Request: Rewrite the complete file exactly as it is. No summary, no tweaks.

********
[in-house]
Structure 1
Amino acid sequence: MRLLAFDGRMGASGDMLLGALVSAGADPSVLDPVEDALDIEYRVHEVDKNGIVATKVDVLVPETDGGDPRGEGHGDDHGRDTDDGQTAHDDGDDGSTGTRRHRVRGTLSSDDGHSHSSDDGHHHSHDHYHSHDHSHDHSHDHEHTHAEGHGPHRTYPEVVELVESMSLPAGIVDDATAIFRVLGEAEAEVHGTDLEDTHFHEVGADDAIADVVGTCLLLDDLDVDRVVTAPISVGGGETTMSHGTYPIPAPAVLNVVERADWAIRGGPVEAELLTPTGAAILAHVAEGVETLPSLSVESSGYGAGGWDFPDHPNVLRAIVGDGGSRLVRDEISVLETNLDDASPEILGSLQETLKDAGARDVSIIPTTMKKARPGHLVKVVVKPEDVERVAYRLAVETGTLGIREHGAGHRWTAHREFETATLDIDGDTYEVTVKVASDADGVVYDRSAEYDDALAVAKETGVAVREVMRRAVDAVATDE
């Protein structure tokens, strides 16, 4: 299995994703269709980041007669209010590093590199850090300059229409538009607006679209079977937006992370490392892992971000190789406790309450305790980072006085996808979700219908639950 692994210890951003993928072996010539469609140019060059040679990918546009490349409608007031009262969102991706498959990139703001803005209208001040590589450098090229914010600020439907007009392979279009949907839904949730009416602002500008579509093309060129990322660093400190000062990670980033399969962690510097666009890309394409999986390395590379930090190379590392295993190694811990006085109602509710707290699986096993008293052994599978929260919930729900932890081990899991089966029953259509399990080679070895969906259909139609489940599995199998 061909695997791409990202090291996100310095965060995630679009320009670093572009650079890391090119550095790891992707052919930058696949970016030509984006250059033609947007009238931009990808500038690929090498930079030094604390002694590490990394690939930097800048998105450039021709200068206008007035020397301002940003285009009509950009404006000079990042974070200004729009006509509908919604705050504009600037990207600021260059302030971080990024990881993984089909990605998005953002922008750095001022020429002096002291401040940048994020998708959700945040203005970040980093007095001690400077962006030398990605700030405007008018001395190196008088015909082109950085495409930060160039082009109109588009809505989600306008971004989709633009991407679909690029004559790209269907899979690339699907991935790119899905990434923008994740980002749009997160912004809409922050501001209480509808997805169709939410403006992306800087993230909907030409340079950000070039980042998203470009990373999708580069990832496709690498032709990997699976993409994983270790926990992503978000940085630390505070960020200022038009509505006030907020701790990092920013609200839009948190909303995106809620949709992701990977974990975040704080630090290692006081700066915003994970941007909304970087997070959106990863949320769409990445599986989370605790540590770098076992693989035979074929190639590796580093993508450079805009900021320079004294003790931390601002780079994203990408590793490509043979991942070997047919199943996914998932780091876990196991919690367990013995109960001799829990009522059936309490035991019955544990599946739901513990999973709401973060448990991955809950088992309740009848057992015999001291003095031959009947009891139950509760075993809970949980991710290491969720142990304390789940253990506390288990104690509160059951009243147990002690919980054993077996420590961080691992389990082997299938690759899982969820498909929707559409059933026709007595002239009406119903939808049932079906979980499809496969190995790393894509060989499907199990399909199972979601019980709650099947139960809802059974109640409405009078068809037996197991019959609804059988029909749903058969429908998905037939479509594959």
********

[in-house]
Structure 1
Amino acid sequence: MRLLAFDGRMGASGDMLLGALVSAGADPSVLDPVEDALDIEYRVHEVDKNGIVATKVDVLVPETDGGDPRGEGHGDDHGRDTDDGQTAHDDGDDGSTGTRRHRVRGTLSSDDGHSHSSDDGHHHSHDHYHSHDHSHDHSHDHEHTHAEGHGPHRTYPEVVELVESMSLPAGIVDDATAIFRVLGEAEAEVHGTDLEDTHFHEVGADDAIADVVGTCLLLDDLDVDRVVTAPISVGGGETTMSHGTYPIPAPAVLNVVERADWAIRGGPVEAELLTPTGAAILAHVAEGVETLPSLSVESSGYGAGGWDFPDHPNVLRAIVGDGGSRLVRDEISVLETNLDDASPEILGSLQETLKDAGARDVSIIPTTMKKARPGHLVKVVVKPEDVERVAYRLAVETGTLGIREHGAGHRWTAHREFETATLDIDGDTYEVTVKVASDADGVVYDRSAEYDDALAVAKETGVAVREVMRRAVDAVATDE
């Protein structure tokens, strides 16, 4: 299995994703269709980041007669209010590093590199850090300059229409538009607006679209079977937006992370490392892992971000190789406790309450305790980072006085996808979700219908639950 692994210890951003993928072996010539469609140019060059040679990918546009490349409608007031009262969102991706498959990139703001803005209208001040590589450098090229914010600020439907007009392979279009949907839904949730009416602002500008579509093309060129990322660093400190000062990670980033399969962690510097666009890309394409999986390395590379930090190379590392295993190694811990006085109602509710707290699986096993008293052994599978929260919930729900932890081990899991089966029953259509399990080679070895969906259909139609489940599995199998 061909695997791409990202090291996100310095965060995630679009320009670093572009650079890391090119550095790891992707052919930058696949970016030509984006250059033609947007009238931009990808500038690929090498930079030094604390002694590490990394690939930097800048998105450039021709200068206008007035020397301002940003285009009509950009404006000079990042974070200004729009006509509908919604705050504009600037990207600021260059302030971080990024990881993984089909990605998005953002922008750095001022020429002096002291401040940048994020998708959700945040203005970040980093007095001690400077962006030398990605700030405007008018001395190196008088015909082109950085495409930060160039082009109109588009809505989600306008971004989709633009991407679909690029004559790209269907899979690339699907991935790119899905990434923008994740980002749009997160912004809409922050501001209480509808997805169709939410403006992306800087993230909907030409340079950000070039980042998203470009990373999708580069990832496709690498032709990997699976993409994983270790926990992503978000940085630390505070960020200022038009509505006030907020701790990092920013609200839009948190909303995106809620949709992701990977974990975040704080630090290692006081700066915003994970941007909304970087997070959106990863949320769409990445599986989370605790540590770098076992693989035979074929190639590796580093993508450079805009900021320079004294003790931390601002780079994203990408590793490509043979991942070997047919199943996914998932780091876990196991919690367990013995109960001799829990009522059936309490035991019955544990599946739901513990999973709401973060448990991955809950088992309740009848057992015999001291003095031959009947009891139950509760075993809970949980991710290491969720142990304390789940253990506390288990104690509160059951009243147990002690919980054993077996420590961080691992389990082997299938690759899982969820498909929707559409059933026709007595002239009406119903939808049932079906979980499809496969190995790393894509060989499907199990399909199972979601019980709650099947139960809802059974109640409405009078068809037996197991019959609804059988029909749903058969429908998905037939479509594959």